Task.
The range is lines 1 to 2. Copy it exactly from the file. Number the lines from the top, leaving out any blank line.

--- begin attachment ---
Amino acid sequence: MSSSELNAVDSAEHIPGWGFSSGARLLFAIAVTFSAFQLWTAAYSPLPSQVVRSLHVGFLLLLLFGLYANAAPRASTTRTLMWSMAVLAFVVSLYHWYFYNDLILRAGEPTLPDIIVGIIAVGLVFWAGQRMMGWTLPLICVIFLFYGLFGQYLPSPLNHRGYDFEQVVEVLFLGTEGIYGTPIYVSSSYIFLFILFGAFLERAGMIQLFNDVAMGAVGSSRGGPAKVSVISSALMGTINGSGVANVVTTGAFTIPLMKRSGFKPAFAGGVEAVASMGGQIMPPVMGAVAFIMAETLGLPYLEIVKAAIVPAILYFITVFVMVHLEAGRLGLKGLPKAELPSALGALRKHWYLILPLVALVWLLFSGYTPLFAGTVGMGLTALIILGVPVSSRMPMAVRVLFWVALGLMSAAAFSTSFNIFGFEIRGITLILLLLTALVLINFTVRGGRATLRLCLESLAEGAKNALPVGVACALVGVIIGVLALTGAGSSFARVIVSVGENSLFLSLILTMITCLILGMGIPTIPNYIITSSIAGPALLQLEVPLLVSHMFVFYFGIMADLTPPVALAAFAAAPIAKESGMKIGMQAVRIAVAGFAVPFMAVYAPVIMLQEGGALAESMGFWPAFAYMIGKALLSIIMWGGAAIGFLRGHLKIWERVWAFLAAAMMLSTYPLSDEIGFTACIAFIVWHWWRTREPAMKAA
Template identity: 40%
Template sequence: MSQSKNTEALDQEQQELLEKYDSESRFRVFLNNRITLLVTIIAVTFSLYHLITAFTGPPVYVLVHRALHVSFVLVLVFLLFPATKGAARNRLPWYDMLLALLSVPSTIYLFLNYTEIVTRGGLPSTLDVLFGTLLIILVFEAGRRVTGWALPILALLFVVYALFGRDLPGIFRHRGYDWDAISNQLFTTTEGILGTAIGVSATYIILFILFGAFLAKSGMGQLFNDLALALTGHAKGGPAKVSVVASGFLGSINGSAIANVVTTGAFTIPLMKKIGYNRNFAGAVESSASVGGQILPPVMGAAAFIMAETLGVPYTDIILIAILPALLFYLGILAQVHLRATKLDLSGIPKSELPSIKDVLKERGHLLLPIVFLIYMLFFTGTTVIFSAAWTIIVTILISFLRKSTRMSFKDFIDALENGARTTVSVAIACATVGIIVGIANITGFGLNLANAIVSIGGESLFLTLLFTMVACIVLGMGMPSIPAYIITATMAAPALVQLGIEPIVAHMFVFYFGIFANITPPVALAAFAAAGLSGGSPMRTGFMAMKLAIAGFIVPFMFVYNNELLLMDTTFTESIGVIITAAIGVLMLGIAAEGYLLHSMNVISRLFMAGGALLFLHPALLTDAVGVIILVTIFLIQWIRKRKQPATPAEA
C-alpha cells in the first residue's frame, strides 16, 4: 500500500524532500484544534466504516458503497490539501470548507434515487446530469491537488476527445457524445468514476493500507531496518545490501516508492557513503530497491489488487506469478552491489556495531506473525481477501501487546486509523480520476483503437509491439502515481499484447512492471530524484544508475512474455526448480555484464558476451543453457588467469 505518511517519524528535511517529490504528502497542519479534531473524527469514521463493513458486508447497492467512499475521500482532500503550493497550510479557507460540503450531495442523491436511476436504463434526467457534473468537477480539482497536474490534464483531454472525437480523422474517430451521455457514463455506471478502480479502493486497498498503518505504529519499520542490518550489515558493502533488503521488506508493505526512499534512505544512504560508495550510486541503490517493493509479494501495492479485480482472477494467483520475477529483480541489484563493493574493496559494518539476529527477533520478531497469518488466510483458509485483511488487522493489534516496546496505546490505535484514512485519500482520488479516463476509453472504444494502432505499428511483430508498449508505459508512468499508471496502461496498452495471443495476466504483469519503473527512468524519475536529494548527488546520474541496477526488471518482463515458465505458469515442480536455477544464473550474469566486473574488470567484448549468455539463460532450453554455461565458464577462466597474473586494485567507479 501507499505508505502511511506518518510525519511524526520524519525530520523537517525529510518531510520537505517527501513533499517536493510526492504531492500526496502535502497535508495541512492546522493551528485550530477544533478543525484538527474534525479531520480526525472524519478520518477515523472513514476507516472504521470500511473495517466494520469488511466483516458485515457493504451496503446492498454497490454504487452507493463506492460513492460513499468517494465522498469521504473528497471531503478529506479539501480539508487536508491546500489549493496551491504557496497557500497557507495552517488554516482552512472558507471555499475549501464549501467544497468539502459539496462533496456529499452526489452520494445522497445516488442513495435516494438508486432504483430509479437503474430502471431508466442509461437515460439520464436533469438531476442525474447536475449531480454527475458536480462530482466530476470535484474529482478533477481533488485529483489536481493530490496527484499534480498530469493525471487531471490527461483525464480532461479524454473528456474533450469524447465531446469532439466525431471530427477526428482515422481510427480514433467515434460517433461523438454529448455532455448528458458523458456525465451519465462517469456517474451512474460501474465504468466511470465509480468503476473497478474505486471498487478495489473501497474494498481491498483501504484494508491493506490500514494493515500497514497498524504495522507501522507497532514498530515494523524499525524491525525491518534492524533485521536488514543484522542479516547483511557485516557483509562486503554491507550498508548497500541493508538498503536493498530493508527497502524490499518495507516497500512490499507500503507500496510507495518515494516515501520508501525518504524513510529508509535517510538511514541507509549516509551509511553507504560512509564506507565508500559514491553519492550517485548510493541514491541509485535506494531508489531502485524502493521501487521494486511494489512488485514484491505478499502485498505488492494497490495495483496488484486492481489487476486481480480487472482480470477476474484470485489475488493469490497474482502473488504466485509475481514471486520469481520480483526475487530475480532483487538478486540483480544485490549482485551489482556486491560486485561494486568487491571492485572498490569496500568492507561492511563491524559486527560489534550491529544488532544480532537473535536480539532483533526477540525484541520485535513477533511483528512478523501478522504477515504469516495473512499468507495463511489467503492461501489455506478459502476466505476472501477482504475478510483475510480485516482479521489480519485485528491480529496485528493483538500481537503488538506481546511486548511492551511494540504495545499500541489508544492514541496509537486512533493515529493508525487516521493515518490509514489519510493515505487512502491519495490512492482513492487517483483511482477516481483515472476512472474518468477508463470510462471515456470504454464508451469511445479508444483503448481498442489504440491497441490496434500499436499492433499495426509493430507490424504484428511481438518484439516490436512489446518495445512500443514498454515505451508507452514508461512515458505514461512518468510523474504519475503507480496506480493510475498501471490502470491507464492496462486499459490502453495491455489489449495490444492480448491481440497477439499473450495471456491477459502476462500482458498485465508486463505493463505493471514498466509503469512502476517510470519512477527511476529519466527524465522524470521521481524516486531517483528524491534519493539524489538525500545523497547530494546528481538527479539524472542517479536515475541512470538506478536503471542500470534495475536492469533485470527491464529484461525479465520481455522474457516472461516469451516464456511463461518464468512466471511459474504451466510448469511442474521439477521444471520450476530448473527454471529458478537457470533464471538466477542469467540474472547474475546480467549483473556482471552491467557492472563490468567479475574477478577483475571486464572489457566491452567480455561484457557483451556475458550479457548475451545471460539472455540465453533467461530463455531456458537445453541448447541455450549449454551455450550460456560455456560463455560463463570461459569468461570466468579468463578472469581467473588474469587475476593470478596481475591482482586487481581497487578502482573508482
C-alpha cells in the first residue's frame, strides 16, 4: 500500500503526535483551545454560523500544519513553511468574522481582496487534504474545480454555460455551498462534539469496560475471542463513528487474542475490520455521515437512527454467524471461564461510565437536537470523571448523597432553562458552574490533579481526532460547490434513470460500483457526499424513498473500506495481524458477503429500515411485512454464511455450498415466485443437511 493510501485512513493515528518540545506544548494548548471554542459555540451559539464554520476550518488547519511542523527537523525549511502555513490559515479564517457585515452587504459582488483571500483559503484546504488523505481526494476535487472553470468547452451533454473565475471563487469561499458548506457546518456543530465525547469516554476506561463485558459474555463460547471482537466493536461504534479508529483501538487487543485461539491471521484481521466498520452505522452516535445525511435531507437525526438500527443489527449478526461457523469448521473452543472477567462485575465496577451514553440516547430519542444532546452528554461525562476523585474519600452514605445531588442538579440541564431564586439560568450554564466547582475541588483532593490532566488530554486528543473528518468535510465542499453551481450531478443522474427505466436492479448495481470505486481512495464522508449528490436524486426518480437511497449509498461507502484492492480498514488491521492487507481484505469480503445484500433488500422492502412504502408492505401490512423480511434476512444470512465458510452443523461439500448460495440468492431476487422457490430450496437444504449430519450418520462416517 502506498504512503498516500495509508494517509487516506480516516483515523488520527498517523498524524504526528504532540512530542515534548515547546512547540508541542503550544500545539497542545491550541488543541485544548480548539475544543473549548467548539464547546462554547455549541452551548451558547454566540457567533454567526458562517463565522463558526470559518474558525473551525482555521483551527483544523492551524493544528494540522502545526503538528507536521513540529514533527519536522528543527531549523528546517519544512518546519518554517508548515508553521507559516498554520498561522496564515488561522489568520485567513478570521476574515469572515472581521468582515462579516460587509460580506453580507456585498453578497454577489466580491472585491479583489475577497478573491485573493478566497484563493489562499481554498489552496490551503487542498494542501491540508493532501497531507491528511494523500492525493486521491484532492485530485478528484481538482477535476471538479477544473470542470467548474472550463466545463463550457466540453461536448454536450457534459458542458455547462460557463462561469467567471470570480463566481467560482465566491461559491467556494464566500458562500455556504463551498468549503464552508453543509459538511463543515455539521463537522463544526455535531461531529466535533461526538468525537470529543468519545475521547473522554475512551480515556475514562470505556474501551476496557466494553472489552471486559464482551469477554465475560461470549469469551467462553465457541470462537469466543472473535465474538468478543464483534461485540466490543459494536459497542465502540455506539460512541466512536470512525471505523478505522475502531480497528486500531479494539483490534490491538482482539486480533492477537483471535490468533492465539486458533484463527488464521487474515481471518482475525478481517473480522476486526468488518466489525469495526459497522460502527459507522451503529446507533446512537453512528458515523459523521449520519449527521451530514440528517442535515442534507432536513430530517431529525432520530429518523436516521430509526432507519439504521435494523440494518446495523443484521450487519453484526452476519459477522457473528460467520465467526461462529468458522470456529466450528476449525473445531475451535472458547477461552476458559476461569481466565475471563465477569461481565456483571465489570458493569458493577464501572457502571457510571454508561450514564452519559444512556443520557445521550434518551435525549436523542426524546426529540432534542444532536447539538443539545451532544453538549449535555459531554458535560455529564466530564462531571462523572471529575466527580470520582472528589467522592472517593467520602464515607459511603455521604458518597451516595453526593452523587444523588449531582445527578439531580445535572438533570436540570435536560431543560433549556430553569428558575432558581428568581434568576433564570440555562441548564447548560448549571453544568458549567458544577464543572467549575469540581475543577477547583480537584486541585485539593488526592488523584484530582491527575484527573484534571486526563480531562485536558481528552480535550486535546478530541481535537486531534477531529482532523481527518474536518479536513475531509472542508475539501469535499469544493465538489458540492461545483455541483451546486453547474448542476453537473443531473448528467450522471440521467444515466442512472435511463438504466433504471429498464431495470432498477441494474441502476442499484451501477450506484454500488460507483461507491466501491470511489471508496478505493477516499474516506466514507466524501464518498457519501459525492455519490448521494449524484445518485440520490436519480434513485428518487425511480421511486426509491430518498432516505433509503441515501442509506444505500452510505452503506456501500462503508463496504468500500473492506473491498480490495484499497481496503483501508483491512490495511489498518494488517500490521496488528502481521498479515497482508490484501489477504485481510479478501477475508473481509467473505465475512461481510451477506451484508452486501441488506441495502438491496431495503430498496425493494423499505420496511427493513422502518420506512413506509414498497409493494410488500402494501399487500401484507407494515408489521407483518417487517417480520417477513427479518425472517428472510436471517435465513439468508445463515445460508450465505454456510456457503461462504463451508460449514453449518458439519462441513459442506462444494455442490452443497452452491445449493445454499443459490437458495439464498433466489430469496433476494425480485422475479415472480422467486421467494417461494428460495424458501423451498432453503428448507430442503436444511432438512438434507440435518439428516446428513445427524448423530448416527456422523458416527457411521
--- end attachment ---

Amino acid sequence: MSSSELNAVDSAEHIPGWGFSSGARLLFAIAVTFSAFQLWTAAYSPLPSQVVRSLHVGFLLLLLFGLYANAAPRASTTRTLMWSMAVLAFVVSLYHWYFYNDLILRAGEPTLPDIIVGIIAVGLVFWAGQRMMGWTLPLICVIFLFYGLFGQYLPSPLNHRGYDFEQVVEVLFLGTEGIYGTPIYVSSSYIFLFILFGAFLERAGMIQLFNDVAMGAVGSSRGGPAKVSVISSALMGTINGSGVANVVTTGAFTIPLMKRSGFKPAFAGGVEAVASMGGQIMPPVMGAVAFIMAETLGLPYLEIVKAAIVPAILYFITVFVMVHLEAGRLGLKGLPKAELPSALGALRKHWYLILPLVALVWLLFSGYTPLFAGTVGMGLTALIILGVPVSSRMPMAVRVLFWVALGLMSAAAFSTSFNIFGFEIRGITLILLLLTALVLINFTVRGGRATLRLCLESLAEGAKNALPVGVACALVGVIIGVLALTGAGSSFARVIVSVGENSLFLSLILTMITCLILGMGIPTIPNYIITSSIAGPALLQLEVPLLVSHMFVFYFGIMADLTPPVALAAFAAAPIAKESGMKIGMQAVRIAVAGFAVPFMAVYAPVIMLQEGGALAESMGFWPAFAYMIGKALLSIIMWGGAAIGFLRGHLKIWERVWAFLAAAMMLSTYPLSDEIGFTACIAFIVWHWWRTREPAMKAA
Template identity: 40%